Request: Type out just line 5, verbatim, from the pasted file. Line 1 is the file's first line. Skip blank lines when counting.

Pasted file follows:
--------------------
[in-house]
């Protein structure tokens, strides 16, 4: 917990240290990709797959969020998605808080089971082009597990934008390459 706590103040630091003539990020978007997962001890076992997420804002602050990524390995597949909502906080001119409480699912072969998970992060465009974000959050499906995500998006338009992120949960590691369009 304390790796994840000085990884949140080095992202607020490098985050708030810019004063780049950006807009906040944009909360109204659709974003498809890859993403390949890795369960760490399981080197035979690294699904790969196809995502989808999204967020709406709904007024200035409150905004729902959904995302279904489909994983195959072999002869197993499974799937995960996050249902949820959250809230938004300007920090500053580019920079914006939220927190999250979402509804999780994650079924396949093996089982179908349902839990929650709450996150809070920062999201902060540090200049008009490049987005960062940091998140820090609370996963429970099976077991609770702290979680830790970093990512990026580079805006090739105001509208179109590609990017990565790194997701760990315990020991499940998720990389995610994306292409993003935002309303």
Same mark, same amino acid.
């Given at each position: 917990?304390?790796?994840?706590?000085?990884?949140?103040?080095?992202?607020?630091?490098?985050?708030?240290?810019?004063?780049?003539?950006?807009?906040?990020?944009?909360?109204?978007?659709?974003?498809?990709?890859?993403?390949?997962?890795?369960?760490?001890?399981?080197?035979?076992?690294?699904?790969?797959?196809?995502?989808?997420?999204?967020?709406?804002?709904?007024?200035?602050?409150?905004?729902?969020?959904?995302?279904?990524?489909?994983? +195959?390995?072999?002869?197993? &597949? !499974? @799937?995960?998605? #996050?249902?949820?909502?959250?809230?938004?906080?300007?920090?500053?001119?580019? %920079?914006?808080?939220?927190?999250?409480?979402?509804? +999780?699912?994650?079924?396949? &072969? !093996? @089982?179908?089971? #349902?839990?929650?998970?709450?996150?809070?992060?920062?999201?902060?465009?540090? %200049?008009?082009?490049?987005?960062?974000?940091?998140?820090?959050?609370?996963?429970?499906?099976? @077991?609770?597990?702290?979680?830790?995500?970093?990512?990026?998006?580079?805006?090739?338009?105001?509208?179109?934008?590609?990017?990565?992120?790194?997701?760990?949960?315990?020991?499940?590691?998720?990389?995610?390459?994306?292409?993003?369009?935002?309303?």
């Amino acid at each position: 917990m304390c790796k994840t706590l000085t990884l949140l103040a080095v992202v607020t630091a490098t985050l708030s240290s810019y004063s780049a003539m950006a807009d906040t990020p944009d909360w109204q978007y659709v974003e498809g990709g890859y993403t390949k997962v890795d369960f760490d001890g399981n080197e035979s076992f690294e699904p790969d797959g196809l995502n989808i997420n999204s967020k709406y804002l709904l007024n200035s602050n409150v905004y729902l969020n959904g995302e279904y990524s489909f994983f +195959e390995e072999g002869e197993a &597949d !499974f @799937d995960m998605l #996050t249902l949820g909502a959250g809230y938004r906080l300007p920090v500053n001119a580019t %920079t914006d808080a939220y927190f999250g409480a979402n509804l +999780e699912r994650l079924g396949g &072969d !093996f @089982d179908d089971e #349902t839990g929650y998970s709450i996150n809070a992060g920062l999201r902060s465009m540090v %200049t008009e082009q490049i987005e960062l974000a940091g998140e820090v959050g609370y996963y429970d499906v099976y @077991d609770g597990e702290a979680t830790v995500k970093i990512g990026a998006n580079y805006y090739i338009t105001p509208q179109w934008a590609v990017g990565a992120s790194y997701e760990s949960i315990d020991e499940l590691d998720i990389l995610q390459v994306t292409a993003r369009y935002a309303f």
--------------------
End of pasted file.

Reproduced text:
């Amino acid at each position: 917990m304390c790796k994840t706590l000085t990884l949140l103040a080095v992202v607020t630091a490098t985050l708030s240290s810019y004063s780049a003539m950006a807009d906040t990020p944009d909360w109204q978007y659709v974003e498809g990709g890859y993403t390949k997962v890795d369960f760490d001890g399981n080197e035979s076992f690294e699904p790969d797959g196809l995502n989808i997420n999204s967020k709406y804002l709904l007024n200035s602050n409150v905004y729902l969020n959904g995302e279904y990524s489909f994983f +195959e390995e072999g002869e197993a &597949d !499974f @799937d995960m998605l #996050t249902l949820g909502a959250g809230y938004r906080l300007p920090v500053n001119a580019t %920079t914006d808080a939220y927190f999250g409480a979402n509804l +999780e699912r994650l079924g396949g &072969d !093996f @089982d179908d089971e #349902t839990g929650y998970s709450i996150n809070a992060g920062l999201r902060s465009m540090v %200049t008009e082009q490049i987005e960062l974000a940091g998140e820090v959050g609370y996963y429970d499906v099976y @077991d609770g597990e702290a979680t830790v995500k970093i990512g990026a998006n580079y805006y090739i338009t105001p509208q179109w934008a590609v990017g990565a992120s790194y997701e760990s949960i315990d020991e499940l590691d998720i990389l995610q390459v994306t292409a993003r369009y935002a309303f």